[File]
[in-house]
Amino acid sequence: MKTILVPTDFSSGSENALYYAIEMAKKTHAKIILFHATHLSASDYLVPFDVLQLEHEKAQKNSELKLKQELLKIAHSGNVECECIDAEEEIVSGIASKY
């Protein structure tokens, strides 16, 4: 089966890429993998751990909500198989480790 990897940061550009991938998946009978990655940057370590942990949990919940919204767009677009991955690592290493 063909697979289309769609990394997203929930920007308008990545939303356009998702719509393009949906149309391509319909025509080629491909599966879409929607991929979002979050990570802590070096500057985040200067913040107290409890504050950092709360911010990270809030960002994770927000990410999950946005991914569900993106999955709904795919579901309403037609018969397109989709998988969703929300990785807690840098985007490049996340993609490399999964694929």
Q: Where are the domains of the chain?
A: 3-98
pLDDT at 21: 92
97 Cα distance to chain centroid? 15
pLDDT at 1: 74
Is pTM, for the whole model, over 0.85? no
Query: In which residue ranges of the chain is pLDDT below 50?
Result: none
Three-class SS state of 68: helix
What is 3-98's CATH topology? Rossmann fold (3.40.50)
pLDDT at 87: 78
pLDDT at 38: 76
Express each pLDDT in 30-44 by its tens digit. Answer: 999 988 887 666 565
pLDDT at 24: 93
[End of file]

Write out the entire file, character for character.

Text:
[in-house]
Amino acid sequence: MKTILVPTDFSSGSENALYYAIEMAKKTHAKIILFHATHLSASDYLVPFDVLQLEHEKAQKNSELKLKQELLKIAHSGNVECECIDAEEEIVSGIASKY
């Protein structure tokens, strides 16, 4: 089966890429993998751990909500198989480790 990897940061550009991938998946009978990655940057370590942990949990919940919204767009677009991955690592290493 063909697979289309769609990394997203929930920007308008990545939303356009998702719509393009949906149309391509319909025509080629491909599966879409929607991929979002979050990570802590070096500057985040200067913040107290409890504050950092709360911010990270809030960002994770927000990410999950946005991914569900993106999955709904795919579901309403037609018969397109989709998988969703929300990785807690840098985007490049996340993609490399999964694929």
Q: Where are the domains of the chain?
A: 3-98
pLDDT at 21: 92
97 Cα distance to chain centroid? 15
pLDDT at 1: 74
Is pTM, for the whole model, over 0.85? no
Query: In which residue ranges of the chain is pLDDT below 50?
Result: none
Three-class SS state of 68: helix
What is 3-98's CATH topology? Rossmann fold (3.40.50)
pLDDT at 87: 78
pLDDT at 38: 76
Express each pLDDT in 30-44 by its tens digit. Answer: 999 988 887 666 565
pLDDT at 24: 93